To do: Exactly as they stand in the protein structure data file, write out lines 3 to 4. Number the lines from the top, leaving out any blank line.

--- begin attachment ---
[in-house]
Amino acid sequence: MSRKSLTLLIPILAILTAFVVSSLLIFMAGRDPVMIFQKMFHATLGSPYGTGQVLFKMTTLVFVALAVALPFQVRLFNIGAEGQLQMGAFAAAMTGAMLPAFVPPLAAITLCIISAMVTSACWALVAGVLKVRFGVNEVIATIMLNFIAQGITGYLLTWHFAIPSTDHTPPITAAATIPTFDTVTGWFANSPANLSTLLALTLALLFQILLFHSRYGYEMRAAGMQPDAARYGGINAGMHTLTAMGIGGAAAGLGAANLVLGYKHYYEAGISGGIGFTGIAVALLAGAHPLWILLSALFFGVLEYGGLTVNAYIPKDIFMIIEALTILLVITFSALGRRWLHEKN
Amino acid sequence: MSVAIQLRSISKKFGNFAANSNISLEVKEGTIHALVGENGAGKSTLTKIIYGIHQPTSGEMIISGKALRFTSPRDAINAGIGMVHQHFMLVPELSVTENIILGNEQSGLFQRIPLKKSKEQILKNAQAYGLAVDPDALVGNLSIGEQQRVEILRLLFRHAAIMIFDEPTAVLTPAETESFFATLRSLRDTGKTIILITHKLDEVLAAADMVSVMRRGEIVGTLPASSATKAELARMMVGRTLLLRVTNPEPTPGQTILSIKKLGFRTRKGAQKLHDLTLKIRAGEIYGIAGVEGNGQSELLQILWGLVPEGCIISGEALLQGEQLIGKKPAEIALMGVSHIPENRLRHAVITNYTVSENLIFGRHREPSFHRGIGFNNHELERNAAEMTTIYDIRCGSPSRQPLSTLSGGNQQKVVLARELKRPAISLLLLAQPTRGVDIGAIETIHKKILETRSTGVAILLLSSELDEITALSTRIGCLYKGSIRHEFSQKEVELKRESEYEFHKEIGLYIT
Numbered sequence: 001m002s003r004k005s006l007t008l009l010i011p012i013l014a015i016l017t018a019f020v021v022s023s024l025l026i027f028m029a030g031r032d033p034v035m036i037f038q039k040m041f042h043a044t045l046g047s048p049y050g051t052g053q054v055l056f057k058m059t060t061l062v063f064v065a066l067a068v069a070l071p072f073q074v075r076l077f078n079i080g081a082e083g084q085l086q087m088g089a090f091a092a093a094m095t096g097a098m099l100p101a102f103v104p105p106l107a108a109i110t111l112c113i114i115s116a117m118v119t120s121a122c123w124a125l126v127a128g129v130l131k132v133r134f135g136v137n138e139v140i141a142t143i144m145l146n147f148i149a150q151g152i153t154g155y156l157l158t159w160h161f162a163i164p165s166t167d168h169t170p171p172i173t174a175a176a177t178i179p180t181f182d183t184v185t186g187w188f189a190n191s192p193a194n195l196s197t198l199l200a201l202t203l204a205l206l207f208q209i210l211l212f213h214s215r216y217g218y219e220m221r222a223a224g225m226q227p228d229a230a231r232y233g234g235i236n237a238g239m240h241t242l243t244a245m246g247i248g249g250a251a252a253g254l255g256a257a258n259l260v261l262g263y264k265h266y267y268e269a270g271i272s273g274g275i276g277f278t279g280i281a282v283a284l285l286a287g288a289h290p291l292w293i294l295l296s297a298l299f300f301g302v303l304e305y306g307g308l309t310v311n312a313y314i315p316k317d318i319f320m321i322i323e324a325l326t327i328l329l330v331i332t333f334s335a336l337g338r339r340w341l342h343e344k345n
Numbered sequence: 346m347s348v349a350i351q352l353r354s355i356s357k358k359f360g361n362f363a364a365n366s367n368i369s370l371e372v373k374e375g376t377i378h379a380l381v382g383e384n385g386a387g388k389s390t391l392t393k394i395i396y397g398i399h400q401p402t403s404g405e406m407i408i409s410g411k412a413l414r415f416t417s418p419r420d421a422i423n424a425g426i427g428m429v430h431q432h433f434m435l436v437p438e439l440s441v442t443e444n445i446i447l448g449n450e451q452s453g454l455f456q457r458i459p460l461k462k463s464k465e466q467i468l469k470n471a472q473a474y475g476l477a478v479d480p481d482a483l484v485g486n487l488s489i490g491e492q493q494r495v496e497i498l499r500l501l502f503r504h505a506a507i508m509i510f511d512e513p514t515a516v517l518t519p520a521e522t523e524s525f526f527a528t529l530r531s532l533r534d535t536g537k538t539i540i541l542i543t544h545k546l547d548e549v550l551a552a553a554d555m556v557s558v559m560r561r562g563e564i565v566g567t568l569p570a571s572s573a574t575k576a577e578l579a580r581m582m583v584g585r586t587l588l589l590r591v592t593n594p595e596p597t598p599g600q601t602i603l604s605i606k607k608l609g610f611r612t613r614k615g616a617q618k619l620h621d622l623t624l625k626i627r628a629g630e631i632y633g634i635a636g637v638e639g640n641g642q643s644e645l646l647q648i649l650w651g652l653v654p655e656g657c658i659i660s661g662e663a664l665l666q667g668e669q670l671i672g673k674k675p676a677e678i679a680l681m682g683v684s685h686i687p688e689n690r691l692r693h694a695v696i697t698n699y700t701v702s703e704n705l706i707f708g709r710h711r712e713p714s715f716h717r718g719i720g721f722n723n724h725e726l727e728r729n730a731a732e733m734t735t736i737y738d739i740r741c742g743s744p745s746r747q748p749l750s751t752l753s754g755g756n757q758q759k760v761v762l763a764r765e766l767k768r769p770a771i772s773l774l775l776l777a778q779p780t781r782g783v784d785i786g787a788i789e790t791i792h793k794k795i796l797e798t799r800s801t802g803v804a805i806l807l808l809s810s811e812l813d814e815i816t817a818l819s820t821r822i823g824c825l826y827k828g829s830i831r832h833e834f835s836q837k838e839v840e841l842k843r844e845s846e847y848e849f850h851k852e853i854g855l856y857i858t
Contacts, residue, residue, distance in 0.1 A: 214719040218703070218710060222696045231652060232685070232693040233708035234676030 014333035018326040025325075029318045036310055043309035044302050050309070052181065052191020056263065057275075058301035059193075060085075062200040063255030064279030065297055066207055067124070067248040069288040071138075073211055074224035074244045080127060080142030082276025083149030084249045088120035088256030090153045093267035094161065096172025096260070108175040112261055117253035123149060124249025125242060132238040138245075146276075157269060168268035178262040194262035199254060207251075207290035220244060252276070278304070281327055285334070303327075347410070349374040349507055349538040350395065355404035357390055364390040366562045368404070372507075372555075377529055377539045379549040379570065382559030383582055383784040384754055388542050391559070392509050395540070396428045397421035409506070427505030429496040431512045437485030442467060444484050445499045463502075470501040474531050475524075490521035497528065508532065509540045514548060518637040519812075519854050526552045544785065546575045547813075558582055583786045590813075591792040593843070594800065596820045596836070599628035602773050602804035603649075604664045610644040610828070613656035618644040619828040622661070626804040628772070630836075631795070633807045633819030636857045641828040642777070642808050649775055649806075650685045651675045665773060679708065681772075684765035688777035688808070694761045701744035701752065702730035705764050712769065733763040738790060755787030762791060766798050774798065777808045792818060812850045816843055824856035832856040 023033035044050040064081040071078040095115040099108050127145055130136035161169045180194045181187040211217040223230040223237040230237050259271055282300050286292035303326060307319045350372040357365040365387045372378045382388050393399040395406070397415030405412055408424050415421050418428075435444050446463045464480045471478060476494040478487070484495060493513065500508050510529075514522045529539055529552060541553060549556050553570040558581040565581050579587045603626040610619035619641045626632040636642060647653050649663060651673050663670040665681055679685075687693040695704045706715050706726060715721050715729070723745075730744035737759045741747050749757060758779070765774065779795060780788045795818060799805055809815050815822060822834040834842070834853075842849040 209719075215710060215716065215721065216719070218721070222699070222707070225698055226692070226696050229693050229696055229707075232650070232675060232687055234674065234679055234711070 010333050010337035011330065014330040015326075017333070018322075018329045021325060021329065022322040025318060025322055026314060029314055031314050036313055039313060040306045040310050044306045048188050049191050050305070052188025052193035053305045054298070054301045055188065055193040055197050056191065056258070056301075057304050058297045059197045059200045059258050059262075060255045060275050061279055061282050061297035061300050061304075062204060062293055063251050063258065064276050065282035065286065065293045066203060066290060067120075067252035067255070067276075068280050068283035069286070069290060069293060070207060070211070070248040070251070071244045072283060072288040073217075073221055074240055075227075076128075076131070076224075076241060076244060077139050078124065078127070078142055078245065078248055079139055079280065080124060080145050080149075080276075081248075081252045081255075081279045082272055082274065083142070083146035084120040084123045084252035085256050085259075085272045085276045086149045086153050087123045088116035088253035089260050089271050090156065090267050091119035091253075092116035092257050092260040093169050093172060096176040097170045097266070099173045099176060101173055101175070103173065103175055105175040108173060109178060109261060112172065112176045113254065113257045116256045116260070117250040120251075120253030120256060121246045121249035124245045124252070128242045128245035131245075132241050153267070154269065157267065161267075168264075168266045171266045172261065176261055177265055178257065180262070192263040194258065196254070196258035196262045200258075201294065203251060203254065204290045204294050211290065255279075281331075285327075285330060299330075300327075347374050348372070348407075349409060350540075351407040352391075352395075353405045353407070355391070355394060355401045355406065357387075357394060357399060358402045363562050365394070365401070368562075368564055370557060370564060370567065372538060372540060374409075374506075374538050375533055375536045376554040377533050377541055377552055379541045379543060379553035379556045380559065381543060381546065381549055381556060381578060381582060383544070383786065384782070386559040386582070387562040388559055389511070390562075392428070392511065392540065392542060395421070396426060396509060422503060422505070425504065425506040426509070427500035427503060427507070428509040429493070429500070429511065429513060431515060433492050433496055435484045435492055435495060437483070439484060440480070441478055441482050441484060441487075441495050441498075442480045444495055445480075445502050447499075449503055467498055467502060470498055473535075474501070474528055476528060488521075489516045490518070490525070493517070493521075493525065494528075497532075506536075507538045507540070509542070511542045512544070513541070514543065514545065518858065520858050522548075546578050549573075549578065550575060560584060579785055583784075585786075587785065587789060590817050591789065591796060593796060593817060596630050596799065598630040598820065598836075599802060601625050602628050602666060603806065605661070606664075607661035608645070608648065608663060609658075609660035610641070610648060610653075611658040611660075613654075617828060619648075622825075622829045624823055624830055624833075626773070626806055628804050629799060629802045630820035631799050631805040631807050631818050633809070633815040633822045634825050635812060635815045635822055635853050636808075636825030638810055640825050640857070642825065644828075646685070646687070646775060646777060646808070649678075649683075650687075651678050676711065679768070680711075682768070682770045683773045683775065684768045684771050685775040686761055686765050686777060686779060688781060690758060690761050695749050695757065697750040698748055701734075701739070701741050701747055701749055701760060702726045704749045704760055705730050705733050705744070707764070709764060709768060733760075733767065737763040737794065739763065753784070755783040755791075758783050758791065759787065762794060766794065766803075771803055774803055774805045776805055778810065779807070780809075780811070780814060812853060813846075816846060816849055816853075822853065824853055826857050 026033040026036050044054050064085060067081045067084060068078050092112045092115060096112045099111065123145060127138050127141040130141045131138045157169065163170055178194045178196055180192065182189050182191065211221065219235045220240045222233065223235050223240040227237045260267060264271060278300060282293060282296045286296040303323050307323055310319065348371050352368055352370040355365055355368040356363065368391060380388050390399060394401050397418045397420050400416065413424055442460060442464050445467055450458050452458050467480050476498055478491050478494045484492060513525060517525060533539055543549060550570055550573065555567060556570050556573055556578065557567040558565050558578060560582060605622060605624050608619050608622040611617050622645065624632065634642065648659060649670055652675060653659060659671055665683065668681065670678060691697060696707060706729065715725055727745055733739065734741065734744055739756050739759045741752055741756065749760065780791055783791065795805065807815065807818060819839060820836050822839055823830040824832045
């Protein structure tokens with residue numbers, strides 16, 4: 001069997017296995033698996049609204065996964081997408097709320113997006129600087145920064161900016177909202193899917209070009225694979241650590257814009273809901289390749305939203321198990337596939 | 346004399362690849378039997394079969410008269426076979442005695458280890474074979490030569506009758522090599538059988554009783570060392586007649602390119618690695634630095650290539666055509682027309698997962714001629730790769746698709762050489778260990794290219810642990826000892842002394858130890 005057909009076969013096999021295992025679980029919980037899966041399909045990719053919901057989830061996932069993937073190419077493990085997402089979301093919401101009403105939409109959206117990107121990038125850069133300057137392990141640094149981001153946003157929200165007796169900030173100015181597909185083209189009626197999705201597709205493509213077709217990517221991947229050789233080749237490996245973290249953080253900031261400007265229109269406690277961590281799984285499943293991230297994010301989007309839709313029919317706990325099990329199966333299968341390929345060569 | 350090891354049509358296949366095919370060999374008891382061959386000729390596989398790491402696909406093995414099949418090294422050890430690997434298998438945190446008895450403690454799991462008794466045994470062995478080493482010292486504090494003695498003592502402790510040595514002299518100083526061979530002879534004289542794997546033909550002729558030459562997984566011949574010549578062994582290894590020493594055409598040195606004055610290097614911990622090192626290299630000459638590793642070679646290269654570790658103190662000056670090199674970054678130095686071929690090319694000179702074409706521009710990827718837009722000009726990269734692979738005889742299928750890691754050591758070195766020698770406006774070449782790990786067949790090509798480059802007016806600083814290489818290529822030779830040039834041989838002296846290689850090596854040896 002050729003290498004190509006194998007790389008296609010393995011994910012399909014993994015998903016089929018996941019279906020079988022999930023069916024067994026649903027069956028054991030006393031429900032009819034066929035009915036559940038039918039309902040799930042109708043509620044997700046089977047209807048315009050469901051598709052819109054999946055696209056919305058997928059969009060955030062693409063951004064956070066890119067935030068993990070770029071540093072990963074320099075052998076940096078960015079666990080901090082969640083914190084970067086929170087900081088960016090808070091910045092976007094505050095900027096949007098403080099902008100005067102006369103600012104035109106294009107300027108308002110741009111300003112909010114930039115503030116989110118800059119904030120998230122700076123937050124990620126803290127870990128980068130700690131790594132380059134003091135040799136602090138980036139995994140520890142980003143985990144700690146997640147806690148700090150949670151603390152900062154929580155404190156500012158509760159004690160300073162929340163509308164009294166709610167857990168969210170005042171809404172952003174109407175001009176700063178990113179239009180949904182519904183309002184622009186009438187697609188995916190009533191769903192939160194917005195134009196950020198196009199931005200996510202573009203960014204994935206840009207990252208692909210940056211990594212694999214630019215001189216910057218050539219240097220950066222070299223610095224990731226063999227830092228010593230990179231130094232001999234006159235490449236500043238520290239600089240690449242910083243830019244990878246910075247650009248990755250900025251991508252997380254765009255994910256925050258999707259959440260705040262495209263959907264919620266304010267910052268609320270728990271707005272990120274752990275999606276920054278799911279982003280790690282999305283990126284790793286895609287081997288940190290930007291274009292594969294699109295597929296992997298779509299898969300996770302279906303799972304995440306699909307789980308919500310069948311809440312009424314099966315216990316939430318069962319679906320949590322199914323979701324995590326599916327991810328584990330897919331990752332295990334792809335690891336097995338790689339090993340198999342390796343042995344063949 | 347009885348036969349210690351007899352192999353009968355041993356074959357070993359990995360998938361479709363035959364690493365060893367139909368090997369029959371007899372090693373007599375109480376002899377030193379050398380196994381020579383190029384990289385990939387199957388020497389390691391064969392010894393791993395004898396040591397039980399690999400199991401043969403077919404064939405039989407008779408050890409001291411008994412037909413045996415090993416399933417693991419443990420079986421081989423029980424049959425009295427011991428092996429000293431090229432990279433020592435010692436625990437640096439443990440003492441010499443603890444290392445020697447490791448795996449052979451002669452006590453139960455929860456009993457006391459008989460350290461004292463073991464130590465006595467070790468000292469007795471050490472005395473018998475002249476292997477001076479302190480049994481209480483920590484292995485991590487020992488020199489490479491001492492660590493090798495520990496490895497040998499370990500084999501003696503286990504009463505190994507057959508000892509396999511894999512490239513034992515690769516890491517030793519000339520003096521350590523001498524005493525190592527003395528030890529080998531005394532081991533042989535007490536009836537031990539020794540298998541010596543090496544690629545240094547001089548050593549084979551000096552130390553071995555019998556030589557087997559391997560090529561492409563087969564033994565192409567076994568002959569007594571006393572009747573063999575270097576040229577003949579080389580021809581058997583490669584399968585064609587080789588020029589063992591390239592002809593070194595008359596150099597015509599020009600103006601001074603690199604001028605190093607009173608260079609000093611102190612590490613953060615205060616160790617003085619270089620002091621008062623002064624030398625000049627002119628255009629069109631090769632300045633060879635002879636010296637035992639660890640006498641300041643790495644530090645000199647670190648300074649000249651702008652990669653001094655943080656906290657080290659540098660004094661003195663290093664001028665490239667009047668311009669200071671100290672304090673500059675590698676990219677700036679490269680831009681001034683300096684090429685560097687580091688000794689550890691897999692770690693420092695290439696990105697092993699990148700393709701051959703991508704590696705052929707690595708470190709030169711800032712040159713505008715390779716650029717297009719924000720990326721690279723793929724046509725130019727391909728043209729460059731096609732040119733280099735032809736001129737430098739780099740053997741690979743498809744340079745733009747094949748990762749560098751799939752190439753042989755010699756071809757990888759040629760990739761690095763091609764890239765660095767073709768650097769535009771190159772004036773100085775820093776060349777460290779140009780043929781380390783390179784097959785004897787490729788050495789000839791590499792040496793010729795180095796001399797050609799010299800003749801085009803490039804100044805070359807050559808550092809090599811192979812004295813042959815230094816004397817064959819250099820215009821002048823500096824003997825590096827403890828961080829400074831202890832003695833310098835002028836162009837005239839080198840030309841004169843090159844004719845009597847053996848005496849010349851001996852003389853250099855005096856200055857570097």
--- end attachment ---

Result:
Amino acid sequence: MSVAIQLRSISKKFGNFAANSNISLEVKEGTIHALVGENGAGKSTLTKIIYGIHQPTSGEMIISGKALRFTSPRDAINAGIGMVHQHFMLVPELSVTENIILGNEQSGLFQRIPLKKSKEQILKNAQAYGLAVDPDALVGNLSIGEQQRVEILRLLFRHAAIMIFDEPTAVLTPAETESFFATLRSLRDTGKTIILITHKLDEVLAAADMVSVMRRGEIVGTLPASSATKAELARMMVGRTLLLRVTNPEPTPGQTILSIKKLGFRTRKGAQKLHDLTLKIRAGEIYGIAGVEGNGQSELLQILWGLVPEGCIISGEALLQGEQLIGKKPAEIALMGVSHIPENRLRHAVITNYTVSENLIFGRHREPSFHRGIGFNNHELERNAAEMTTIYDIRCGSPSRQPLSTLSGGNQQKVVLARELKRPAISLLLLAQPTRGVDIGAIETIHKKILETRSTGVAILLLSSELDEITALSTRIGCLYKGSIRHEFSQKEVELKRESEYEFHKEIGLYIT
Numbered sequence: 001m002s003r004k005s006l007t008l009l010i011p012i013l014a015i016l017t018a019f020v021v022s023s024l025l026i027f028m029a030g031r032d033p034v035m036i037f038q039k040m041f042h043a044t045l046g047s048p049y050g051t052g053q054v055l056f057k058m059t060t061l062v063f064v065a066l067a068v069a070l071p072f073q074v075r076l077f078n079i080g081a082e083g084q085l086q087m088g089a090f091a092a093a094m095t096g097a098m099l100p101a102f103v104p105p106l107a108a109i110t111l112c113i114i115s116a117m118v119t120s121a122c123w124a125l126v127a128g129v130l131k132v133r134f135g136v137n138e139v140i141a142t143i144m145l146n147f148i149a150q151g152i153t154g155y156l157l158t159w160h161f162a163i164p165s166t167d168h169t170p171p172i173t174a175a176a177t178i179p180t181f182d183t184v185t186g187w188f189a190n191s192p193a194n195l196s197t198l199l200a201l202t203l204a205l206l207f208q209i210l211l212f213h214s215r216y217g218y219e220m221r222a223a224g225m226q227p228d229a230a231r232y233g234g235i236n237a238g239m240h241t242l243t244a245m246g247i248g249g250a251a252a253g254l255g256a257a258n259l260v261l262g263y264k265h266y267y268e269a270g271i272s273g274g275i276g277f278t279g280i281a282v283a284l285l286a287g288a289h290p291l292w293i294l295l296s297a298l299f300f301g302v303l304e305y306g307g308l309t310v311n312a313y314i315p316k317d318i319f320m321i322i323e324a325l326t327i328l329l330v331i332t333f334s335a336l337g338r339r340w341l342h343e344k345n